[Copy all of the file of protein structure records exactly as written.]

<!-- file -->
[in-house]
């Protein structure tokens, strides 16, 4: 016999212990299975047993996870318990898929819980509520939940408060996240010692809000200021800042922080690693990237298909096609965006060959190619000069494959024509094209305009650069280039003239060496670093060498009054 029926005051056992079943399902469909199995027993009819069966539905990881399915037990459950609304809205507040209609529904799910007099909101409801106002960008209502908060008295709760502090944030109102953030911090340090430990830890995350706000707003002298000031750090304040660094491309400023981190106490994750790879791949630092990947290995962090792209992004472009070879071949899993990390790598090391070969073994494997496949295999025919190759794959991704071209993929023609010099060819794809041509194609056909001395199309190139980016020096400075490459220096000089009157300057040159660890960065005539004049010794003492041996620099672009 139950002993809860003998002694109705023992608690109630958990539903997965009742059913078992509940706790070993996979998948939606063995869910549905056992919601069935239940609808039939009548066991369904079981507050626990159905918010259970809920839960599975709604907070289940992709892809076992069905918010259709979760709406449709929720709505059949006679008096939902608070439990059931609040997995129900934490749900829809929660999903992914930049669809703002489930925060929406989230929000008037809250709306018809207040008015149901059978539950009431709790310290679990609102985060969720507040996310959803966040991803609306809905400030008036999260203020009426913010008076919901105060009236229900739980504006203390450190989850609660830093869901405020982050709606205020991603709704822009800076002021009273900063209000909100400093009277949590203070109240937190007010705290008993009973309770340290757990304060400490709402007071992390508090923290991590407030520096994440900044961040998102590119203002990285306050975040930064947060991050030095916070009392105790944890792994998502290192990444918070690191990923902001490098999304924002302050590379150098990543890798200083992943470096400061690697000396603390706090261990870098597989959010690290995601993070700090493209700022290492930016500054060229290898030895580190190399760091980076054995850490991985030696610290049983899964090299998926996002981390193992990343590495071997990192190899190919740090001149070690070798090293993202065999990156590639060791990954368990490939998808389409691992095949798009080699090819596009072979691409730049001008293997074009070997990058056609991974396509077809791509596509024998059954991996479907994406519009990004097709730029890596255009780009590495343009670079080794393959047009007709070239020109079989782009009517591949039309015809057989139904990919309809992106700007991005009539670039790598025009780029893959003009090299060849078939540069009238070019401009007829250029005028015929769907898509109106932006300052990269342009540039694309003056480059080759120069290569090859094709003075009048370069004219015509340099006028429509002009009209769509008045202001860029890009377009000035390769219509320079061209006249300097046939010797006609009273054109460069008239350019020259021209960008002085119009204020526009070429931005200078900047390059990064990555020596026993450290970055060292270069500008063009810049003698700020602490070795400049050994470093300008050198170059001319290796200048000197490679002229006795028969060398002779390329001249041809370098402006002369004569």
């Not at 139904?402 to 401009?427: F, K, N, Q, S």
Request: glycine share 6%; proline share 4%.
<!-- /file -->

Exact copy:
[in-house]
């Protein structure tokens, strides 16, 4: 016999212990299975047993996870318990898929819980509520939940408060996240010692809000200021800042922080690693990237298909096609965006060959190619000069494959024509094209305009650069280039003239060496670093060498009054 029926005051056992079943399902469909199995027993009819069966539905990881399915037990459950609304809205507040209609529904799910007099909101409801106002960008209502908060008295709760502090944030109102953030911090340090430990830890995350706000707003002298000031750090304040660094491309400023981190106490994750790879791949630092990947290995962090792209992004472009070879071949899993990390790598090391070969073994494997496949295999025919190759794959991704071209993929023609010099060819794809041509194609056909001395199309190139980016020096400075490459220096000089009157300057040159660890960065005539004049010794003492041996620099672009 139950002993809860003998002694109705023992608690109630958990539903997965009742059913078992509940706790070993996979998948939606063995869910549905056992919601069935239940609808039939009548066991369904079981507050626990159905918010259970809920839960599975709604907070289940992709892809076992069905918010259709979760709406449709929720709505059949006679008096939902608070439990059931609040997995129900934490749900829809929660999903992914930049669809703002489930925060929406989230929000008037809250709306018809207040008015149901059978539950009431709790310290679990609102985060969720507040996310959803966040991803609306809905400030008036999260203020009426913010008076919901105060009236229900739980504006203390450190989850609660830093869901405020982050709606205020991603709704822009800076002021009273900063209000909100400093009277949590203070109240937190007010705290008993009973309770340290757990304060400490709402007071992390508090923290991590407030520096994440900044961040998102590119203002990285306050975040930064947060991050030095916070009392105790944890792994998502290192990444918070690191990923902001490098999304924002302050590379150098990543890798200083992943470096400061690697000396603390706090261990870098597989959010690290995601993070700090493209700022290492930016500054060229290898030895580190190399760091980076054995850490991985030696610290049983899964090299998926996002981390193992990343590495071997990192190899190919740090001149070690070798090293993202065999990156590639060791990954368990490939998808389409691992095949798009080699090819596009072979691409730049001008293997074009070997990058056609991974396509077809791509596509024998059954991996479907994406519009990004097709730029890596255009780009590495343009670079080794393959047009007709070239020109079989782009009517591949039309015809057989139904990919309809992106700007991005009539670039790598025009780029893959003009090299060849078939540069009238070019401009007829250029005028015929769907898509109106932006300052990269342009540039694309003056480059080759120069290569090859094709003075009048370069004219015509340099006028429509002009009209769509008045202001860029890009377009000035390769219509320079061209006249300097046939010797006609009273054109460069008239350019020259021209960008002085119009204020526009070429931005200078900047390059990064990555020596026993450290970055060292270069500008063009810049003698700020602490070795400049050994470093300008050198170059001319290796200048000197490679002229006795028969060398002779390329001249041809370098402006002369004569």
């Not at 139904?402 to 401009?427: F, K, N, Q, S």
Request: glycine share 6%; proline share 4%.